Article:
Again Einstein summation convention. Do the following exercise: expand (1.11) using the summation convention. Then expand (1.12) using the componentwise definition of a matrix acting on a vector (##\Lambda## is a matrix with components ##\Lambda^{\alpha}_{\ \beta}##, while ##x## is a vector). Compare your results.

    ##T## means the matrix transpose (look it up if you don't know it!), so it is not an index. You can take the transpose of a column vector and it becomes a row vector (vectors are also matrices).

    Carroll switched notation back from components to matrix notation in (1.13). The first line of 1.13 (unprimmed) is the same as (1.9), when written in components (Prove this!). He equates it to the prime version because ##s^2## as a scalar is meant to be invariant under ##\Lambda## coordinate transormations. Then he uses the transformation laws for the change in ##x##, as given in (1.12) in order to find the orthogonality condition (1.15).
     
  6. Aug 28, 2016 #5
    Well what I meant by technical is harder than tensor notation. The approach by Weinberg is the same as chapter one of Carroll, except instead of going to manifolds in chapter 2, Weinberg keeps using components and equations like in chapter 1 (Carroll), throughout the whole book. But although this may be a shortcut (you will see what I mean one you get past chapter 1), it is prety old-fashioned and nowadays people would expect you to know about manifolds and index free notation, which appears in chapter 2. But still, Weinberg's book is a great book, with lots of physical insight and will certainly teach you how to do calculations in GR and apply them to different circunstances.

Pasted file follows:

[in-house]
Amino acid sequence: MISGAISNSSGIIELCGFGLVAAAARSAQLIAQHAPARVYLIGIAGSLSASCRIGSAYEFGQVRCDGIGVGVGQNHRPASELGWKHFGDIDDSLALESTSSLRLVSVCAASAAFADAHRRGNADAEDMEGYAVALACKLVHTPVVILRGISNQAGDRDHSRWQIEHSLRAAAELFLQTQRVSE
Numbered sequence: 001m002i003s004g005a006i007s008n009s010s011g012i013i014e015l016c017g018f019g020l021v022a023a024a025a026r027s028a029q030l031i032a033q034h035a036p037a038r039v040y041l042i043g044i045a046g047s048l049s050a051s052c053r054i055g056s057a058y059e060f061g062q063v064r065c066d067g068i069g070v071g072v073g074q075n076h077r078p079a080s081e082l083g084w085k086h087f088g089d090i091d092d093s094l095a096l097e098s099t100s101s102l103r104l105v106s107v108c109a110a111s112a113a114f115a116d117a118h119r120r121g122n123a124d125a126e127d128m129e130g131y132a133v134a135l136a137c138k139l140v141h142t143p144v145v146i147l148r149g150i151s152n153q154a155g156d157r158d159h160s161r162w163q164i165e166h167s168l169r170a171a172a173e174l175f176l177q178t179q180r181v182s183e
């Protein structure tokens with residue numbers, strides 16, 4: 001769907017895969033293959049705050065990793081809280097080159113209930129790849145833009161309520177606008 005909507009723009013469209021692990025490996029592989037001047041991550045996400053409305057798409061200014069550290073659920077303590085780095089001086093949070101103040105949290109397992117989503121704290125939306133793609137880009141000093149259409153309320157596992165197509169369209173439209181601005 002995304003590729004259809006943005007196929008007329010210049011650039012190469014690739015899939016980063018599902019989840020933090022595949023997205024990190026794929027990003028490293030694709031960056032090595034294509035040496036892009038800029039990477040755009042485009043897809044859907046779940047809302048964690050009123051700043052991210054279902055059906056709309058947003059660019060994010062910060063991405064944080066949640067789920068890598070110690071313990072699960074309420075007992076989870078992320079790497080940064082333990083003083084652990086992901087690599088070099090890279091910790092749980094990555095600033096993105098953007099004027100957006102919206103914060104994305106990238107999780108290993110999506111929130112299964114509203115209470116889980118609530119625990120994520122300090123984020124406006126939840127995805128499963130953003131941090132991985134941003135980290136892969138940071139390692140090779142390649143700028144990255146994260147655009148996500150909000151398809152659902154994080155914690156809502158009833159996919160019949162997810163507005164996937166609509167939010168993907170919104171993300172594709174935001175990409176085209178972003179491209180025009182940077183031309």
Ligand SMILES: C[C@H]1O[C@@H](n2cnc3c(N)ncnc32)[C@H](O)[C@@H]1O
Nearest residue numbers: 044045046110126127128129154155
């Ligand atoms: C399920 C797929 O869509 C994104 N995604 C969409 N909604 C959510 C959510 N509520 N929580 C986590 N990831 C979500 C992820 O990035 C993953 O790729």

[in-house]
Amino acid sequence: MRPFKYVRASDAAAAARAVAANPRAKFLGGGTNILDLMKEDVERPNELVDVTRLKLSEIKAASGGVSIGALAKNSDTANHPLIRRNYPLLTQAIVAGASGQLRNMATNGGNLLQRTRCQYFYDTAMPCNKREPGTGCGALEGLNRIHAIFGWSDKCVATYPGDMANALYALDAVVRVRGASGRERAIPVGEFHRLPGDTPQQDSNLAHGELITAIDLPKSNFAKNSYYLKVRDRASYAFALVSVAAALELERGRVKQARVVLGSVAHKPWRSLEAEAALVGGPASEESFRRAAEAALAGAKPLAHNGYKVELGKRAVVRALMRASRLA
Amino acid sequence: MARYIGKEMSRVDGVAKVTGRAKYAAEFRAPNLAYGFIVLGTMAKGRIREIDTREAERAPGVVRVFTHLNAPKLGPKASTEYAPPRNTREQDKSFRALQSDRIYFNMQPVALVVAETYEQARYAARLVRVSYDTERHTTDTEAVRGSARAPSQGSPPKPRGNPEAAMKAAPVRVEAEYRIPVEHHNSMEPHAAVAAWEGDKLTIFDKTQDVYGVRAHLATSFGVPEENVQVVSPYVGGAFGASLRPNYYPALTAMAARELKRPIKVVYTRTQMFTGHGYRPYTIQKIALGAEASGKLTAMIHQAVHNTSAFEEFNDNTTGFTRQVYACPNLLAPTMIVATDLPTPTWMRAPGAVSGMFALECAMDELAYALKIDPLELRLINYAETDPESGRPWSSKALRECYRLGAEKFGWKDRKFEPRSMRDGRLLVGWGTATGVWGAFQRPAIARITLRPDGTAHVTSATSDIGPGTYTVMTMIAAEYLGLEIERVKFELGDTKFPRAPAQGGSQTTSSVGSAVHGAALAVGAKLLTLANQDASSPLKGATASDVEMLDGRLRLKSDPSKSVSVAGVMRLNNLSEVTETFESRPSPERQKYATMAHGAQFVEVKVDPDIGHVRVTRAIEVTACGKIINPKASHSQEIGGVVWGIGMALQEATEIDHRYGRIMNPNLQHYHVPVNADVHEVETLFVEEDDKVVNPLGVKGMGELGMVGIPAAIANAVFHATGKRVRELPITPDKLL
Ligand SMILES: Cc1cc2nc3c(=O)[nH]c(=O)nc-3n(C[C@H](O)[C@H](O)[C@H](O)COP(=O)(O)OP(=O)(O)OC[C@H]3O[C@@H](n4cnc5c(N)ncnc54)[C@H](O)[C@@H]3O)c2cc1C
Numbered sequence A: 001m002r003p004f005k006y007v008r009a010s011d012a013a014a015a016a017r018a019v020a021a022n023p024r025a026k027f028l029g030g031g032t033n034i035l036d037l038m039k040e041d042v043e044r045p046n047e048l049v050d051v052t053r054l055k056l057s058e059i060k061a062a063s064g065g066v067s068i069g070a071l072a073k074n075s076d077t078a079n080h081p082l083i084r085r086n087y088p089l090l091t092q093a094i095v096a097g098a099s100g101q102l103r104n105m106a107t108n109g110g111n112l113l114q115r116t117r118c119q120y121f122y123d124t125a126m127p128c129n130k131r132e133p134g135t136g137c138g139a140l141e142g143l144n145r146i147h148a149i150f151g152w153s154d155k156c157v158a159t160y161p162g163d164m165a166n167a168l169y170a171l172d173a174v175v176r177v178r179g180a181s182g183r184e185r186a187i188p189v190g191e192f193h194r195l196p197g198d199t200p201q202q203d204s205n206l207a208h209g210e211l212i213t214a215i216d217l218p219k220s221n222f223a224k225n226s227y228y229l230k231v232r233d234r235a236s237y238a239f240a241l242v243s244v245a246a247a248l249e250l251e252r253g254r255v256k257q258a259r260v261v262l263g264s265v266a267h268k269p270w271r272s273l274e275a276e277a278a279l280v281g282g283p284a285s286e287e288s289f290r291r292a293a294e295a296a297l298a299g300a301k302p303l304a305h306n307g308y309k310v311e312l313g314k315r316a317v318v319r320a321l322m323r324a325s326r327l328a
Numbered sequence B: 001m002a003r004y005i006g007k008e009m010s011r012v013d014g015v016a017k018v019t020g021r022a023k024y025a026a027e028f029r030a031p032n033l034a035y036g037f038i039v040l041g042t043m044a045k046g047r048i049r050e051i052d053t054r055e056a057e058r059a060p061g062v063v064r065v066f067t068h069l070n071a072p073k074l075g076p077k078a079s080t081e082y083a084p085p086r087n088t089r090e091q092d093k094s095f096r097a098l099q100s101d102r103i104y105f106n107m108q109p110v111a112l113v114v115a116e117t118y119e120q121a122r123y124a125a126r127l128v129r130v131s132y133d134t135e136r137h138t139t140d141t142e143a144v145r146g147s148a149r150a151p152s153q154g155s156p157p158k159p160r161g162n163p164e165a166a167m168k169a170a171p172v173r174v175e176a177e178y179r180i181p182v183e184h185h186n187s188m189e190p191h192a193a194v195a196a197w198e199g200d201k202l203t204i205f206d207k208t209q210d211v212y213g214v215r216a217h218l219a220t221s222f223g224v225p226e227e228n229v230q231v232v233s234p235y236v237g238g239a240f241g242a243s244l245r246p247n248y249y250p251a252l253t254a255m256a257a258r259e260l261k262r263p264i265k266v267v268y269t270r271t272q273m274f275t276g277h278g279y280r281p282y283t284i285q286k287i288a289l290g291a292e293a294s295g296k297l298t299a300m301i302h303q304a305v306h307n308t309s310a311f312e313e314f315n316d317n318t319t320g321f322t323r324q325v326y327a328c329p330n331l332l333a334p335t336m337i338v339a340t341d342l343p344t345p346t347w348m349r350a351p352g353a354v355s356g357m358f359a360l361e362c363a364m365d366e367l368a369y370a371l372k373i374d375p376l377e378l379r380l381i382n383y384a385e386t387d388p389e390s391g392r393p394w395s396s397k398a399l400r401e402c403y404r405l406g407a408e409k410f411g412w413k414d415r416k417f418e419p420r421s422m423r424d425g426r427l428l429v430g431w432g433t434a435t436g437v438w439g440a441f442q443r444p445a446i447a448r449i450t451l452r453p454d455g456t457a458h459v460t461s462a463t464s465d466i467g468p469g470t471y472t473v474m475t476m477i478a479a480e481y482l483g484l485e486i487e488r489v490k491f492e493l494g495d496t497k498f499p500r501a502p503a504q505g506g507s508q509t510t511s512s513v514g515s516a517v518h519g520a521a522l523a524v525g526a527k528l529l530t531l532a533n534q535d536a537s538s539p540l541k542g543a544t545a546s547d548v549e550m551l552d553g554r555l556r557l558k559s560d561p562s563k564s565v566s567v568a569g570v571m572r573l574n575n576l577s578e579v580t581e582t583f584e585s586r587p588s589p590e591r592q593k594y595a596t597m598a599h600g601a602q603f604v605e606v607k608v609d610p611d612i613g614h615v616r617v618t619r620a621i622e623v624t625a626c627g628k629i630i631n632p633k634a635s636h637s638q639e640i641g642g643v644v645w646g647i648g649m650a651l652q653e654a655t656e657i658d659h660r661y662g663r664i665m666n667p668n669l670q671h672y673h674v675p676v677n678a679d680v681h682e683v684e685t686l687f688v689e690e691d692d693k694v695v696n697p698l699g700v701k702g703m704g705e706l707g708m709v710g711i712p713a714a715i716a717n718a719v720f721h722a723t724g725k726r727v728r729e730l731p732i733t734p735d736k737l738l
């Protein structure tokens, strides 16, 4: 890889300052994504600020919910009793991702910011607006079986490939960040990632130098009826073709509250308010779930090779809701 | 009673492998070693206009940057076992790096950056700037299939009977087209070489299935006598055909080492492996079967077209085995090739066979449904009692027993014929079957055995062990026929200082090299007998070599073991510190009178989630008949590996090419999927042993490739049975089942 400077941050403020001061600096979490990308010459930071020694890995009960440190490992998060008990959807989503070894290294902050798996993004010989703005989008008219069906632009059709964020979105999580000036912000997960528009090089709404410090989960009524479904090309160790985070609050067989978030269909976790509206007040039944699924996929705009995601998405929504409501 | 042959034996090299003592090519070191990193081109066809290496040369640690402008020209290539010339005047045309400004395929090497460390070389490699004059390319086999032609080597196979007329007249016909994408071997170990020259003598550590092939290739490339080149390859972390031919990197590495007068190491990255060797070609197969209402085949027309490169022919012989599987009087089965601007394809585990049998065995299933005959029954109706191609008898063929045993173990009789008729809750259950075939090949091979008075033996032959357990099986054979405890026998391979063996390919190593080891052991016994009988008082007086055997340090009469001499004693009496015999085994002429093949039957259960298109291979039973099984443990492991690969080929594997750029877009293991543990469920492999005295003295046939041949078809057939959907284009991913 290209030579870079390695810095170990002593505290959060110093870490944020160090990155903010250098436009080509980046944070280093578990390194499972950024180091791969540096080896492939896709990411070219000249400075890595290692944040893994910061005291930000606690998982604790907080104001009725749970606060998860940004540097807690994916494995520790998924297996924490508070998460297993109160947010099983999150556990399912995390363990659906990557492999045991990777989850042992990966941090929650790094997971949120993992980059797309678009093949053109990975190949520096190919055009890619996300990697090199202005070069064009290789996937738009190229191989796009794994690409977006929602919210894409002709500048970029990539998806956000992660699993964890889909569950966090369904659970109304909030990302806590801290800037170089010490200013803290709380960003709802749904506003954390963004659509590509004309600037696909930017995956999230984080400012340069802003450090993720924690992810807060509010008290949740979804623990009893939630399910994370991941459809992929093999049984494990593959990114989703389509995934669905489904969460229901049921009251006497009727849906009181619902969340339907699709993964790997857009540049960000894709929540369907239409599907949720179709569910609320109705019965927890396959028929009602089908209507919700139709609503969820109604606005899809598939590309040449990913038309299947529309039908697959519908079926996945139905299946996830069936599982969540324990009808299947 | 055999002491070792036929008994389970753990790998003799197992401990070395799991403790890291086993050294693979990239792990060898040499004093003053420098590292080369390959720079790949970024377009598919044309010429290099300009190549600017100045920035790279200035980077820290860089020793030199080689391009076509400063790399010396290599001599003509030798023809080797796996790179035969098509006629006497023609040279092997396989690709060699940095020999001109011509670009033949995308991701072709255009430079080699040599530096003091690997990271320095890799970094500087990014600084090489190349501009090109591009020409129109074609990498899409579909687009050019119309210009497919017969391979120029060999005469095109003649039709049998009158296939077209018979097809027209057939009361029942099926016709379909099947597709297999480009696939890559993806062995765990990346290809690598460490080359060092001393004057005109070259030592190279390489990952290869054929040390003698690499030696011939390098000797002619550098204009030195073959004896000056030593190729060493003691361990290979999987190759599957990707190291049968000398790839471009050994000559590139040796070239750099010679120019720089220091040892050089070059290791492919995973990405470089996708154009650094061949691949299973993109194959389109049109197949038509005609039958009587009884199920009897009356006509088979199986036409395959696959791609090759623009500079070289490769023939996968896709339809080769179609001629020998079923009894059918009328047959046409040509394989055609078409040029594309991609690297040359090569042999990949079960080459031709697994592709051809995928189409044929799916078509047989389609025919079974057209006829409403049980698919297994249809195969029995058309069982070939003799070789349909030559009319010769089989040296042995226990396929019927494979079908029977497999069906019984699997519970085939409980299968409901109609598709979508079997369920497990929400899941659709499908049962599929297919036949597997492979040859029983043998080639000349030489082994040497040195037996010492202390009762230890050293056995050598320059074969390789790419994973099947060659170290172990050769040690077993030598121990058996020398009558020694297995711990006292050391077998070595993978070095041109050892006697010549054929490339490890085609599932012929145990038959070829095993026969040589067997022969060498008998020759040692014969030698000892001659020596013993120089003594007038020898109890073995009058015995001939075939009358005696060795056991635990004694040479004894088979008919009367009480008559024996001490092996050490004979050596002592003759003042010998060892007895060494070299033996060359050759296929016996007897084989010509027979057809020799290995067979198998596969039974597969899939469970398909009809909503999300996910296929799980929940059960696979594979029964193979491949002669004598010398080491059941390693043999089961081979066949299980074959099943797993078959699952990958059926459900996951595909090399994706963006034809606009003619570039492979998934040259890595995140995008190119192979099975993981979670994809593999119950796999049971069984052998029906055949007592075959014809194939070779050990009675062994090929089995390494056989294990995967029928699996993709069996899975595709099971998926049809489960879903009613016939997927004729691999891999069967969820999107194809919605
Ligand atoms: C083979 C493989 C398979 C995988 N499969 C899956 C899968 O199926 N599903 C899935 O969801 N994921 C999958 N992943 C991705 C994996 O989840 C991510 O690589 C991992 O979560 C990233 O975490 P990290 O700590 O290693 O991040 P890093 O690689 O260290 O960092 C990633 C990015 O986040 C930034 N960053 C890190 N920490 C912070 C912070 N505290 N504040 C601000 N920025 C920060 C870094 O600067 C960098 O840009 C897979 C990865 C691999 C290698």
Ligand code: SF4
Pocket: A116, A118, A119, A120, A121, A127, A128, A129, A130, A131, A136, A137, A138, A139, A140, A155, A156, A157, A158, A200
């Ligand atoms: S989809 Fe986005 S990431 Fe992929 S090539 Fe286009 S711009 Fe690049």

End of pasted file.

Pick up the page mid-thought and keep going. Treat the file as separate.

A lecture series that may help understanding the notation (it certainly did help me) is Suskind, .
     
  7. Aug 28, 2016 #6
    This actually helps understanding carroll's (1.13), and is related to what I said "componentwise definition of a matrix acting on a vector". So Schutz equation (1.2) is very important. To convince yourself of its truthfullness, do as many exercises of matrix multiplication of the following form:
    Compute the number ##u^T\cdot A \cdot v##, where ##A## is an ##n\times n## matrix, and both ##u## and ##v## are ##n\times 1## matrices (a.k.a. column vectors). ##T## is the transpose I already described.

    Pick any matrix you like and any two vectors you like and do the computation. Play around with this. After you are comfortable with some examples prove that (1.2) is true for the case of ##n=2##. Then move on to ##n=3##. Soon enough you will understand the pattern.
     
  8. Aug 28, 2016 #7
    Thank you for your help! After reading your comments this is what I still struggled with:

    So here at (1.11) I'm mostly confused why it is written as: x##\mu'## = ##\Lambda^{\mu}_{\nu}##x##\nu## rather than x' = ##\Lambda_{\nu}##x##\nu##. The latter seems the same to me as (1.12), so what does this other information indicate?